Further to our story last year about the WA policy of evictions...
This story appeared in the The West online newspaper
The Department of Housing has almost doubled the number of evictions of public housing tenants under its three-strikes policy in the past 13 months.
An explosion at a clandestine drug laboratory in a suburban home in March prompted Housing Minister Troy Buswell to harden the rules.
Department statistics released to _The West Australian _ show there were 55 evictions from public housing because of disruptive behaviour between January 1 last year and January 31 this year.
This compared with 31 evictions for bad behaviour in the preceding 14 months.
Housing Department general manager of service delivery Steve Parry said under the strengthened disruptive behaviour management strategy, 925 first strikes, 338 second strikes and 114 third strikes had been issued in the same period. Tenants can be evicted after three strikes but it is not automatic.
In that time 55 tenancies were terminated, compared with 31 evictions for disruptive behaviour from November 2009 to the end of 2010.
"The department considers the substantial drop in the number of strikes issued between first and subsequent strikes to be evidence of the strategy's effectiveness," Mr Parry said.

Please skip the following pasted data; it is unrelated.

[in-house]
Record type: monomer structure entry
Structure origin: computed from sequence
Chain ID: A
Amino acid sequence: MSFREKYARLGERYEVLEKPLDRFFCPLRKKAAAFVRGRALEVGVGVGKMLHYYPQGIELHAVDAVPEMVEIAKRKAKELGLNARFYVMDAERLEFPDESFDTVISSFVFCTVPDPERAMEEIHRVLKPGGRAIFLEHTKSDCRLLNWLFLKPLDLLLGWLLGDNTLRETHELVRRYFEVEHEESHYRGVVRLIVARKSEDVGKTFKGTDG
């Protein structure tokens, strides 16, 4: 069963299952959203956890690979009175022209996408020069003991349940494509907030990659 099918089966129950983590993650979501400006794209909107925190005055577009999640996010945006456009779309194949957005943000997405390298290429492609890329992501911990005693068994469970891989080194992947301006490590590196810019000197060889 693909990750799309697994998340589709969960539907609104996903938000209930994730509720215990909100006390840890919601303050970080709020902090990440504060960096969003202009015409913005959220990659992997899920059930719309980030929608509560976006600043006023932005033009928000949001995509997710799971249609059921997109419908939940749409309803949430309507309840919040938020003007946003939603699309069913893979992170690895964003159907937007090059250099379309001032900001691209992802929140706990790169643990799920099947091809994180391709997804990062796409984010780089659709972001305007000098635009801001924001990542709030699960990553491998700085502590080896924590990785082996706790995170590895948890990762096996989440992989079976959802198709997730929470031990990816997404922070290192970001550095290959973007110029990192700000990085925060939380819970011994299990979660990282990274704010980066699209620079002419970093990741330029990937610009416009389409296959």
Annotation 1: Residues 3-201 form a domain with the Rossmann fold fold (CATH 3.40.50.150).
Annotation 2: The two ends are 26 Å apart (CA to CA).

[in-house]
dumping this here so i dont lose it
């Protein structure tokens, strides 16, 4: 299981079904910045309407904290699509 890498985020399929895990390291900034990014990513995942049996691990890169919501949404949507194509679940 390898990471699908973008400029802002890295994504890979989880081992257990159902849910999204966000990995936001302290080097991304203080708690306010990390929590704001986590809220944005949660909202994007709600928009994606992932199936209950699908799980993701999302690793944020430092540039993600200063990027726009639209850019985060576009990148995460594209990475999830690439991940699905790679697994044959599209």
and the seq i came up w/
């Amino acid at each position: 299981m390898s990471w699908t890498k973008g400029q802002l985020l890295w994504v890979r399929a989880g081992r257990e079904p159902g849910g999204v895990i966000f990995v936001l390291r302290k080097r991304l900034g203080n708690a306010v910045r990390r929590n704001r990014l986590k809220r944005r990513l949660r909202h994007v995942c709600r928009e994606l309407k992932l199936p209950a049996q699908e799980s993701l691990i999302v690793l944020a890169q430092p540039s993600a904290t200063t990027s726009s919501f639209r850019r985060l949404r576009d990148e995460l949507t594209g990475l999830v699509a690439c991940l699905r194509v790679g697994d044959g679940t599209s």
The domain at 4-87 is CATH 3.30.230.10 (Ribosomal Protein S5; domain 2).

Just eight evictions had been ordered under the policy in the eight months to March last year when Mr Buswell ordered a review of the eviction policy.
The review was ordered after it emerged the department had ignored several complaints about antisocial behaviour at a Carlisle public housing residence where a drug laboratory exploded.
Under the new rules, the period for accumulation of three strikes was extended from six months to 12 months. Offensive behaviour was also put into three categories, the worst of which could lead to immediate eviction without warning.
But WA Council of Social Service chief executive Irina Cattalini said yesterday it was concerned that the hardened rules penalised tenants trying to deal with problems such as mental illness or drug and alcohol abuse.
Alana Buckley-Carr, The West Australian February 27, 2012, 5:07 am